The debate over calls for a massive capital injection into
the EBRD to channel funds to crisis-afflicted countries will
come to a head this weekend when finance ministers gather for
the banks annual meetings.
Thomas Mirow, the EBRD president, has written to the
banks 63 governors, saying that if the Bank is to carry
on spending at the current rate, it will require more
The EBRD has already raised its lending target for this year to
a record 7 billion, a 37% increase on 2008s
5.1 billion and a reversal of previous plans to reduce
its activities to 3.9 billion.
In an interview with Emerging Markets, Mirow said he
wanted to get a sense of what amount and what direction
of engagement our shareholders expect from the Bank.
Are they happy with the substantive decisions we have
taken? Do they expect possibly even more from us?
His intervention follows the decision by shareholders in the
Asia Development Bank (ADB) to triple its capital base to $165
billion. The EBRDs last recapitalization was in 1996 when
the capital base was doubled to 20 billion.
Mirow wants to bring forward a decision on the next five-year
capital resources review to the Banks 2010 annual meeting
in Zagreb. That would mean that the basic footwork and
analysis would need to be started after this annual
meeting, said Kurt Bayer, the Austrian board director on
Several sources at the EBRD told Emerging Markets
Mirow did not want specific numbers mentioned this weekend.
They said while European countries, especially those in central
and eastern Europe worst affected by the crisis, wanted an
increase, there were signs of splits on the board.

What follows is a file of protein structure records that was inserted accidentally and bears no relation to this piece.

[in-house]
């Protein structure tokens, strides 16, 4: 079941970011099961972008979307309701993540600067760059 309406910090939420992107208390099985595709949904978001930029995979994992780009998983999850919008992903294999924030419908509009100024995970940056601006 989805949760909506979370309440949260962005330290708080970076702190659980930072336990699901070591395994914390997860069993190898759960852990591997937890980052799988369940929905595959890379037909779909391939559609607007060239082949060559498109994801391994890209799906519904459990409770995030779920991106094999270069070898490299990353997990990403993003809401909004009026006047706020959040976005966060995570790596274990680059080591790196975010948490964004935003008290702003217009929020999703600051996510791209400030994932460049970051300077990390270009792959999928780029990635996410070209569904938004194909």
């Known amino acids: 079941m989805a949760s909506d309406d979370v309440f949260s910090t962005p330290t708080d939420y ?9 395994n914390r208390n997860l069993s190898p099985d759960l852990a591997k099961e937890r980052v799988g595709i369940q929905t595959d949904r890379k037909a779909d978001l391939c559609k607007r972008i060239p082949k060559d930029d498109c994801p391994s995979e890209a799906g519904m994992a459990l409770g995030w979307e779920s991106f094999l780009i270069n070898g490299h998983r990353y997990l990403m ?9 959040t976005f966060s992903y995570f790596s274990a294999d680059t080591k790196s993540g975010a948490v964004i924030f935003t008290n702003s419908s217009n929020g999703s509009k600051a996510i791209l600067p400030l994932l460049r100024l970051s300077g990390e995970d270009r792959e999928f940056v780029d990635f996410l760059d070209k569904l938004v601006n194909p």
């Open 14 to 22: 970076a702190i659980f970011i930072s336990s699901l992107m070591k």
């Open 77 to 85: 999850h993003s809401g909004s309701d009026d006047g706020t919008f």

One source said Japan which has contributed $100 billion
to IMF recapitalization and $25.7 billion to the ADB may
hesitate to commit to a capital increase. Two of the board
directors contacted by Emerging Markets played down
speculation of funding increases. No decisions are needed
or will be taken this year, one said.
The US will take no strong position as the Obama administration
has not yet clarified its policy. The job of under-secretary
for international affairs at the Treasury is vacant pending
Senate approval of a new candidate, Lael Brainard. The US
executive director declined to comment.
The EBRDs status will be boosted by news that Australia
has reversed last years decision to quit as a
shareholder. Australia will announce its about-turn at
tomorrows annual meeting but will warn it will
continue to review its position.
Market turmoil landed the EBRD with a 602 million loss on
its investment in 2008. Willem Buiter, a former chief economist
at the EBRD, told Emerging Markets: [The EBRD]
must be taking massive losses as a result of this crisis. Its
equity portfolio must look truly ugly so to maintain the volume
of its operations would need additional capital.
He said the EBRDs role had become muddled as
it moved away from its core role of stimulating private sector
business. It is an IMF-lite and it is unfortunate the
functions have become muddled up. They are getting brought into
issues that are not their mandate as its a case of all
hands on deck.